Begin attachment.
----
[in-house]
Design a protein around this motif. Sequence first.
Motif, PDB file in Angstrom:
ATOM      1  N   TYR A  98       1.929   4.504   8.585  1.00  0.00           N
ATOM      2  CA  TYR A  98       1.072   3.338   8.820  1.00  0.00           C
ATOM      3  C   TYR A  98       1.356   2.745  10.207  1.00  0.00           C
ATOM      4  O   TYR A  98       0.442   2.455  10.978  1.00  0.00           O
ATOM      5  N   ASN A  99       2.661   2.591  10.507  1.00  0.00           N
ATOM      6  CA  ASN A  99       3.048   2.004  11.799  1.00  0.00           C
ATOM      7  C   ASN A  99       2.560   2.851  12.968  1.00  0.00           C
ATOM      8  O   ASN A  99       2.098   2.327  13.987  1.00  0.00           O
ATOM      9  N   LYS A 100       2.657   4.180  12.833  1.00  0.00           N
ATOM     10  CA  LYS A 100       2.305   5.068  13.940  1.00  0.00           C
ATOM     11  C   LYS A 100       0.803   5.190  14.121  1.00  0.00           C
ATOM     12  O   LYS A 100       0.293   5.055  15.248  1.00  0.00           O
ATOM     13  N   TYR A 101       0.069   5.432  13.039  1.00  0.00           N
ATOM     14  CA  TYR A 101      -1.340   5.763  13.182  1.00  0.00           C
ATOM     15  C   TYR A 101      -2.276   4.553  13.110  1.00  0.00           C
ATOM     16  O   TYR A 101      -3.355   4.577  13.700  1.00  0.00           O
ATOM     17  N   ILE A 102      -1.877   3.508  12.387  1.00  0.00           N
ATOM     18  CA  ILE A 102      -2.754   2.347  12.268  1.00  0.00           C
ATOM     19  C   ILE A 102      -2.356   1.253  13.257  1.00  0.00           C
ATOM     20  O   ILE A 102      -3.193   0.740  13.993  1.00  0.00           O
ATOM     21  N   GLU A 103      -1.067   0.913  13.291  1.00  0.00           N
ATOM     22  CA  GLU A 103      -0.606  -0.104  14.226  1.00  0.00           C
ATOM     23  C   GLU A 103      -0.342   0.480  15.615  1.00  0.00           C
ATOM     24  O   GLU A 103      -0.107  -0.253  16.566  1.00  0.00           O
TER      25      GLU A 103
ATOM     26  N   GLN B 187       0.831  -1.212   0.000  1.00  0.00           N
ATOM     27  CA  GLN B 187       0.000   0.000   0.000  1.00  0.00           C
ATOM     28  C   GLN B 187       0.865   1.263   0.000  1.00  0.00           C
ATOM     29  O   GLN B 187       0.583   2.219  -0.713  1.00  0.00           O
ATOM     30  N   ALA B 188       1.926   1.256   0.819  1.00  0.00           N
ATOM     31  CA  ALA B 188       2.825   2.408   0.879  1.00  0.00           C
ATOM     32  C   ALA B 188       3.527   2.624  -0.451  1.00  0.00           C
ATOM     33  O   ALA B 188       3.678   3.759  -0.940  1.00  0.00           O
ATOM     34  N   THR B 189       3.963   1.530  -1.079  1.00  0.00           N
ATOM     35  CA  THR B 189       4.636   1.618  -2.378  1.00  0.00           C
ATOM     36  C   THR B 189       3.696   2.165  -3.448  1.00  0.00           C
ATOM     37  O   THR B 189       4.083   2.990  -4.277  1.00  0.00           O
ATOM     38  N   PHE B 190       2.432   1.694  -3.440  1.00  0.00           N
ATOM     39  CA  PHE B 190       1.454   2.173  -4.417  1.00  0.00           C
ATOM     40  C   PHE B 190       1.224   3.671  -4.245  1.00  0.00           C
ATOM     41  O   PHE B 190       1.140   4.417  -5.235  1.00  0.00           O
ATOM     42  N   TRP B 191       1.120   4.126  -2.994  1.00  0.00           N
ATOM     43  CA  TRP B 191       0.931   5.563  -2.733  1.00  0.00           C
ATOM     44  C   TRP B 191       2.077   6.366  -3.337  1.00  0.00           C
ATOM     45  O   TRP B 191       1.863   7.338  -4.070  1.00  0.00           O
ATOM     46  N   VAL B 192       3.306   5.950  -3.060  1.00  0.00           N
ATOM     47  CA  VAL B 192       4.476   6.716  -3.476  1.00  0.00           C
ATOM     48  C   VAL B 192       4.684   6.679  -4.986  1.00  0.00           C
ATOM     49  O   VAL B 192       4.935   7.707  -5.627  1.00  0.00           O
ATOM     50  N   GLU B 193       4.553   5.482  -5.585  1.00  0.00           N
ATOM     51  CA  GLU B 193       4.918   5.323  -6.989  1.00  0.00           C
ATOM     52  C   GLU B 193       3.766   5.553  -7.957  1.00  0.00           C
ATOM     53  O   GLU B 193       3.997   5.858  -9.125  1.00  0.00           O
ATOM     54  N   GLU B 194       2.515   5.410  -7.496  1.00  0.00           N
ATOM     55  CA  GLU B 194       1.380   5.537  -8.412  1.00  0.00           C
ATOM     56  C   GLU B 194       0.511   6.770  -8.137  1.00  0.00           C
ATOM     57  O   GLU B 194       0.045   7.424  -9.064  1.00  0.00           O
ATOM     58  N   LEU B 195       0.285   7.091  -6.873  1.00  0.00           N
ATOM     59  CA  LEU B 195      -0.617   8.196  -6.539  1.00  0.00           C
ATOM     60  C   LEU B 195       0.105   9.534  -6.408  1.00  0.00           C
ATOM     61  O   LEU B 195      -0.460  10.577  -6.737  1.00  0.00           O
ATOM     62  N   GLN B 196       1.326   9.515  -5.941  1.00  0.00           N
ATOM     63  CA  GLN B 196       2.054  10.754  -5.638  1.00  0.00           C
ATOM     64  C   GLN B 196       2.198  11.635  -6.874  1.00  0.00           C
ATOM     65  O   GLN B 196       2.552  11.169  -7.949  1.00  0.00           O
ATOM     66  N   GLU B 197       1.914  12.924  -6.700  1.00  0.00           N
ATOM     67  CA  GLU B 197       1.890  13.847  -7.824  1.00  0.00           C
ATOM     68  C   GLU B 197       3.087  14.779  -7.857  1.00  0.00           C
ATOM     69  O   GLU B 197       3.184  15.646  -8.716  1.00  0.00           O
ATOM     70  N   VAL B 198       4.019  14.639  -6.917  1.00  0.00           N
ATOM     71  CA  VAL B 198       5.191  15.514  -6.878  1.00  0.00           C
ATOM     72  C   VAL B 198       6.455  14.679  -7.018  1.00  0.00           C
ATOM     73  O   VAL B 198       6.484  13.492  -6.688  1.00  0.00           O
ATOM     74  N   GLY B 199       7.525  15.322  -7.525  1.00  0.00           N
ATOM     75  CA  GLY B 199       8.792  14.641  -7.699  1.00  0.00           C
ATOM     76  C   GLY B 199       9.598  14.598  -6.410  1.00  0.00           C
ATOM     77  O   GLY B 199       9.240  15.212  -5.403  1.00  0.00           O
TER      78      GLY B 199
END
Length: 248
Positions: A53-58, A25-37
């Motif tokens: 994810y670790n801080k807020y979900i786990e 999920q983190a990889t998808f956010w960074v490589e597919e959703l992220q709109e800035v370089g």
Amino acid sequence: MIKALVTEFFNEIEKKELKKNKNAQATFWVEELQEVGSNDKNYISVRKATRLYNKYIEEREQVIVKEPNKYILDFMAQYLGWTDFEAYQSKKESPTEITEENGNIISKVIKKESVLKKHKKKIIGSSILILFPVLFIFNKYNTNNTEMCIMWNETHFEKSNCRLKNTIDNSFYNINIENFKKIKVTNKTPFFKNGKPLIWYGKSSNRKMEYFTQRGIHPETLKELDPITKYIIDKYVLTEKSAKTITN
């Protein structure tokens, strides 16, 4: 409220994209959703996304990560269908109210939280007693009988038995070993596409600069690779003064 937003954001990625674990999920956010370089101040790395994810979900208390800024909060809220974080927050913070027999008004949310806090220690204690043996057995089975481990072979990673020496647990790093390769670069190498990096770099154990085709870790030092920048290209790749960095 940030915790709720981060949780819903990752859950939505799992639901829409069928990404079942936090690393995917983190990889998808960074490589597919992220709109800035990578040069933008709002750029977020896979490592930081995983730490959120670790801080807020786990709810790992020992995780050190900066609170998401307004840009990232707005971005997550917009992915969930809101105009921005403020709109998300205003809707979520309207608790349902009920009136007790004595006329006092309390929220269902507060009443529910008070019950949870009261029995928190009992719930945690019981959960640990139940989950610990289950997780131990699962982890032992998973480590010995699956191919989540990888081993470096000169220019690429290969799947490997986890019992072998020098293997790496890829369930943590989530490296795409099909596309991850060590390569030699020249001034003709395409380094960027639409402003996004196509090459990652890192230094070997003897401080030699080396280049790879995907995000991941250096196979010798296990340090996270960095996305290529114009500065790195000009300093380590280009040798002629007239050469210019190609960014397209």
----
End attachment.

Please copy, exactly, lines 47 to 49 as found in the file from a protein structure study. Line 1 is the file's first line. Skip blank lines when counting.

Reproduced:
ATOM     44  C   TRP B 191       2.077   6.366  -3.337  1.00  0.00           C
ATOM     45  O   TRP B 191       1.863   7.338  -4.070  1.00  0.00           O
ATOM     46  N   VAL B 192       3.306   5.950  -3.060  1.00  0.00           N